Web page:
I’m suddenly interested in developing talents that I’ve always had, like art and writing. Before these changes in me started to appear, I never did those things because I thought “What am I going to do with it when I’m done?” I don’t care what I do with it now. It makes me happy. Maybe that’s the whole thing right there…I’ve figured out how to be happy without having an unnatural front to it and I just don’t care what people think because I’m not here to make them happy. This is my life…not theirs.
So, WHY am I writing all this drivel when it has nothing to do with chickens? Isn’t this a chicken blog? Well, yes…and actually, my twelve little chicken dumplings (which is WAY different from chicken and dumplings…which by the way are delicious) have taught me some things. They’re little teachers in chicken feathers…and they don’t give homework, which is good, but they do teach important life lessons that honestly, for the first time in my life, I’ve been open enough to accept. None of it is rocket science…which chickens have been rumored to be able to do, but it’s never been witnessed.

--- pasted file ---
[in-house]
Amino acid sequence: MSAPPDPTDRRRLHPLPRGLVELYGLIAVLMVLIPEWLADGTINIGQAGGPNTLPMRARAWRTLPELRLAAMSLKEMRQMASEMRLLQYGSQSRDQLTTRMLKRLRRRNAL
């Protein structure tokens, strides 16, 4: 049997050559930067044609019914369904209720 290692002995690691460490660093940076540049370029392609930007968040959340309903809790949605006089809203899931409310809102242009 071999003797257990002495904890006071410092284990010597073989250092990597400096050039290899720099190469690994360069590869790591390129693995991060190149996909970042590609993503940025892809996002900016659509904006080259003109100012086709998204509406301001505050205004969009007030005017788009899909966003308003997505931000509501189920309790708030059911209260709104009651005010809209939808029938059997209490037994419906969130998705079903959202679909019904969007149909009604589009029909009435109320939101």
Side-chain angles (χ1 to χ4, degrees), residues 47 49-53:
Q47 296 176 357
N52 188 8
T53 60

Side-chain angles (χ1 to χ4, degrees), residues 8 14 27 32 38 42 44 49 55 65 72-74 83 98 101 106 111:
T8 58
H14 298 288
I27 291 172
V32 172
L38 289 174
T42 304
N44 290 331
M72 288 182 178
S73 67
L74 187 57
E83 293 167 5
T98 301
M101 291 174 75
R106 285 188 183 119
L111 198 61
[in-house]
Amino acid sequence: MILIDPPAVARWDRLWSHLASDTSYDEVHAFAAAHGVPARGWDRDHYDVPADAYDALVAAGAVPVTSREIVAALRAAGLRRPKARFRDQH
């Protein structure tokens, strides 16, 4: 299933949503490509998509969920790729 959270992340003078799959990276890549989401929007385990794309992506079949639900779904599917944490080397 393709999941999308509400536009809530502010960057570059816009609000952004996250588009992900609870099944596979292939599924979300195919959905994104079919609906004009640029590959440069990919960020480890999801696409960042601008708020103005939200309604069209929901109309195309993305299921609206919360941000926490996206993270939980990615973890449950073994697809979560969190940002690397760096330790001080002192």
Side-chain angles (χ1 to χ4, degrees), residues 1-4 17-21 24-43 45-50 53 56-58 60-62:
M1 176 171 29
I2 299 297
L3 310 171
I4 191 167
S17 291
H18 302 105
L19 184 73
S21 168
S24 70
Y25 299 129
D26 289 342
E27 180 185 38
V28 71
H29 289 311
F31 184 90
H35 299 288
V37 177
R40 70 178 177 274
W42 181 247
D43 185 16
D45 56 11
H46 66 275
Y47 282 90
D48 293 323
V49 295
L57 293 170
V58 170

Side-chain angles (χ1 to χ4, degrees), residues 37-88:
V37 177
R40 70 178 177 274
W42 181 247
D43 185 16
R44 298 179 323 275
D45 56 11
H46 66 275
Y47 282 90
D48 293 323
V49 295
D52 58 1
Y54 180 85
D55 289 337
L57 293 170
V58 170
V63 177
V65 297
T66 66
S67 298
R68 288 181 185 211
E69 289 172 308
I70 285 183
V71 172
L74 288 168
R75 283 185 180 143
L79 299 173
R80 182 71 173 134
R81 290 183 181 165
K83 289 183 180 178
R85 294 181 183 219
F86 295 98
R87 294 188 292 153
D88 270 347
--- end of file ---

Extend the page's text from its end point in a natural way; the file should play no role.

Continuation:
Since I brought the chicks home, I’ve felt this strong urge to care for them. Not because they can give me anything, but because they are helpless and have no choices. My husband suggested it was empty nest syndrome, but I still have two children at home, granted one is 21 and the other is 11, and maybe he’s right, but I think there is something more to it. It’s the simplicity of it. The daily feeding and care and doing what’s naturally best for them. It’s not giving them chemicals and things they don’t need, but furnishing natural things for them and watching them grow into beautiful creatures whose feathers are glossy and naturally beautiful. It’s watching them grow from infancy or chickhood to maturity. It’s teaching them to trust me and showing them that not everything in the world is meant to be feared and I will keep them safe. It’s growing food for them and us (if I EVER get that garden in) that feels so basic and so real. I think that’s what I’ve been missing for many years…I needed to feel something basic and REAL. Not something contrived to impress other people or make myself feel more important. I don’t need to feel more important. I don’t need someone or degree to tell me I’m worthy of anything. I AM important. I can make a difference in the world, even though it’s just my little piece of it in the backyard. Suddenly. It’s okay to be just me and to let out all the things I’ve always wanted to do but was afraid of what people would say. It simply doesn’t matter. I don’t care if anyone thinks that keeping chickens in the backyard at the edge of a major Indiana city is stupid, or dirty. It brings me simple joy. There’s something to be said for that.